AINSLIE GLEN: For the first time ever, Nova Scotia’s Christmas gift to Boston is coming from Cape Breton – Inverness County, specifically.
Part of the nice thing about that, said Bobby Morris, executive assistant to Natural Resources Minister Lloyd Hines, is the cooperation being shown between the province and the Mi’kmaw community.
“What’s really huge about this is the fact that we’re recognizing the Mi’kmaw and indigenous communities across Canada, their relationship with the country and the land, and the shared interest we have in crown land,” Morris said.
“We’ve got a lot of people coming to the cutting of the tree,” he said. “We have Celtic musicians, Mi’kmaw drummers, Santa Claus, the Minister of Natural Resources, Chief Rod Googoo, Cindy Day from CTV, and The Town Heroes. That’s quite a diverse presentation of talents and cultures.
“We’re really bringing together a wide-range of culture.”
This year, the 47-foot white spruce comes from provincial Crown land in Ainslie Glen, close to the Waycobah First Nation. The Christmas tree is given as part of the annual thank you to Boston for help provided after the 1917 Halifax explosion.
“This year, the tree is truly the people’s tree,” said Hines. “It’s a gift from the people of Nova Scotia, selected from public land, to be given to the people of Boston as a thank you for their help in our time of need all those years ago.”
Boston sent medical personnel and supplies when almost 2,000 people were killed and hundreds more left injured and homeless by the historic Halifax explosion, including Mi’kmaw people living near the Dartmouth shore of Halifax Harbour at Turtle Grove.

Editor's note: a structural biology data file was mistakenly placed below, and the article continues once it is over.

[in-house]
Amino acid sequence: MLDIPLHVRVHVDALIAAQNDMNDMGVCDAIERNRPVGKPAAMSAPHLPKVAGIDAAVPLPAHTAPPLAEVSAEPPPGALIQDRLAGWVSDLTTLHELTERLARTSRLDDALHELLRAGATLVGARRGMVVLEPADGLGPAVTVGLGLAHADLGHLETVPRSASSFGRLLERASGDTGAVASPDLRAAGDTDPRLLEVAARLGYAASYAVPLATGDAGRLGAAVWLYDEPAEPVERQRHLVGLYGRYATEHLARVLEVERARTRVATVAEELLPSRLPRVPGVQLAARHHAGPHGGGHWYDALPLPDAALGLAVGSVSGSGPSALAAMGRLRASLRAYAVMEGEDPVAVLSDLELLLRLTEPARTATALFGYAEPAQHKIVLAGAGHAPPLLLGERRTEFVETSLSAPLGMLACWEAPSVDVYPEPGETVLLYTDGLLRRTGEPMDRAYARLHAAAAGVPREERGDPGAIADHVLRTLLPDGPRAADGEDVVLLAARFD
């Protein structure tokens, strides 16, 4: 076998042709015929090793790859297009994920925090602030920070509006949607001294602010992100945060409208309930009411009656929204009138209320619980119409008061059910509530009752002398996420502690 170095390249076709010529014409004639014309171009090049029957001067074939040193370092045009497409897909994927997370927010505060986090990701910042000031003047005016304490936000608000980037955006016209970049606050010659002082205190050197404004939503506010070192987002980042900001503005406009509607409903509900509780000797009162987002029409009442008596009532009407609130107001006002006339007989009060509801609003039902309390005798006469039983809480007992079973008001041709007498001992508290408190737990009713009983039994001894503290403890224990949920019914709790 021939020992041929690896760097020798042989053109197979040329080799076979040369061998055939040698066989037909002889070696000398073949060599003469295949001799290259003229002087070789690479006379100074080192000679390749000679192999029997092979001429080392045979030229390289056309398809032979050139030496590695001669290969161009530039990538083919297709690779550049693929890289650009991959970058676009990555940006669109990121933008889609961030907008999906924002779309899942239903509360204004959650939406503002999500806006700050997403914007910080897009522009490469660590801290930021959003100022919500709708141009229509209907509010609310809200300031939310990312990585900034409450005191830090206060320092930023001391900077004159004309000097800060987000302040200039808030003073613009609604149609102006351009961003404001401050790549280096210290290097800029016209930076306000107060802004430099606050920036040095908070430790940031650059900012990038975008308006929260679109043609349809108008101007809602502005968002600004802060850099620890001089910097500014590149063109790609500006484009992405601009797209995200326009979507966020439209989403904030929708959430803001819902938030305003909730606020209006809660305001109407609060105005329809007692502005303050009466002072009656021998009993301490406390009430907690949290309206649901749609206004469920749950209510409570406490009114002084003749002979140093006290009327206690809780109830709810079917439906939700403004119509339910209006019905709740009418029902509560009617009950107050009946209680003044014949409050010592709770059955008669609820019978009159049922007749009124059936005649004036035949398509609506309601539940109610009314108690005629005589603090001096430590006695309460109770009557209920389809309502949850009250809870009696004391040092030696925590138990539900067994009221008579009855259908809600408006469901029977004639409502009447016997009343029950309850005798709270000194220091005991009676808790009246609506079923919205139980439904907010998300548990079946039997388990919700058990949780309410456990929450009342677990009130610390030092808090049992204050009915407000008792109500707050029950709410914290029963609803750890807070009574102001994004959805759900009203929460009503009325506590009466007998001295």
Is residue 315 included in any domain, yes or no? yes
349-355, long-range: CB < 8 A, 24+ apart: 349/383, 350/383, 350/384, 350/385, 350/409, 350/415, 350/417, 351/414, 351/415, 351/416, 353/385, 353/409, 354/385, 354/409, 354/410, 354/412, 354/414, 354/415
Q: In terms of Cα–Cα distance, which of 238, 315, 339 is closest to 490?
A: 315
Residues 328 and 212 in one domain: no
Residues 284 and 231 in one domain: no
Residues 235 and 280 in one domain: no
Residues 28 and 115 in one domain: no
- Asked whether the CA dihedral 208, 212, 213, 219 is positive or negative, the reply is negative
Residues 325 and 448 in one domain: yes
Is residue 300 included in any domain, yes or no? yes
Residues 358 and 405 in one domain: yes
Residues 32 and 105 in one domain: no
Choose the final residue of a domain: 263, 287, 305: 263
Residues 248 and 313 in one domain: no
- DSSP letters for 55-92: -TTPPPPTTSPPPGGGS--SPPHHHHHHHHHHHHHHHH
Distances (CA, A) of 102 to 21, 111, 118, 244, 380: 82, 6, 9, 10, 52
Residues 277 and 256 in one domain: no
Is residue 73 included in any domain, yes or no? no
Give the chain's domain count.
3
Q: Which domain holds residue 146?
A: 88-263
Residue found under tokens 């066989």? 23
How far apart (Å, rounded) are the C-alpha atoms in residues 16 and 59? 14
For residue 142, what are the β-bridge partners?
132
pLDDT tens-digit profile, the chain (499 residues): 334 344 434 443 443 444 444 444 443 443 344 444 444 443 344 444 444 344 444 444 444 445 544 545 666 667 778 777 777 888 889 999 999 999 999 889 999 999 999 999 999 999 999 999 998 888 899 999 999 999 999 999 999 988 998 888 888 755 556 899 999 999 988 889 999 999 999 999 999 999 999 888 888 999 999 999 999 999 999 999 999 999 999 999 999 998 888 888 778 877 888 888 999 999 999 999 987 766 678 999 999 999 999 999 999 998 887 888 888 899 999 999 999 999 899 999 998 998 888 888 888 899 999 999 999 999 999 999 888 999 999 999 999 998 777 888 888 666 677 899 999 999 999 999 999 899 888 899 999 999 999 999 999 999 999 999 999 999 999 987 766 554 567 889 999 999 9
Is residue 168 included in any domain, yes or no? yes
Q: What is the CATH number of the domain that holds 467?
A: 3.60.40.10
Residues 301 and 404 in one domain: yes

“We, the Mi’kmaq, are proud to be part of the Christmas tree gift to Boston this year,” said Chief Rod Googoo of Waycobah First Nation.
“Our ties to the United States go back to a time before the Halifax Explosion, when the United States declared independence and we, the Mi’kmaq, were the first nation to recognize them as an independent country. The Mi’kmaq signed the Watertown Treaty with the United States in 1776 and it is still recognized today.”
The Department of Natural Resources will oversee the cutting of the tree during a public ceremony taking place on Tuesday, November 15, beginning at 10:30 a.m.
More than a hundred school children from Waycobah First Nation Elementary School and Whycocomagh Education Centre will attend the tree-cutting ceremony with dignitaries.
Performers slated to make an appearance include We’koqma’qewiskwa, a drum group from Waycobah, and Kenneth MacKenzie, a Cape Breton fiddler and bag piper.
After the ceremony, the tree will be transported by truck to Halifax with a brief stop at Tamarac Elementary School in Port Hawkesbury and at a community event on the grounds of East Antigonish Eduction Centre in Monastery.
There will be a final public farewell at the Grand Parade at Halifax City Hall, at 11:30 a.m. on Wednesday, November 16. The province will then transport the tree 1,117 kilometres to Boston.
The tree-lighting ceremony will take place on the Boston Common, December 1 at 7 p.m. at a ceremony expected to attract about 30,000 people in person and be broadcast live to about 240,000 viewers on Boston television station WCVB. The Town Heroes, will also perform at this event.
“We’re incredibly honoured to be a part of the Boston tree lighting event,” said Mike Ryan of the band.
“Many Nova Scotians, including me, have relatives in the Boston area. The city has always been a warm, welcoming ally to Nova Scotia and we couldn’t be happier to be a small part in expressing Nova Scotia’s gratitude.”
Details on this year’s tree-cutting ceremony are at: www.novascotia.ca/treeforboston and people can follow the tree’s travels on Twitter @TreeforBoston and like the tree on Facebook at: www.facebook.com/treeforboston.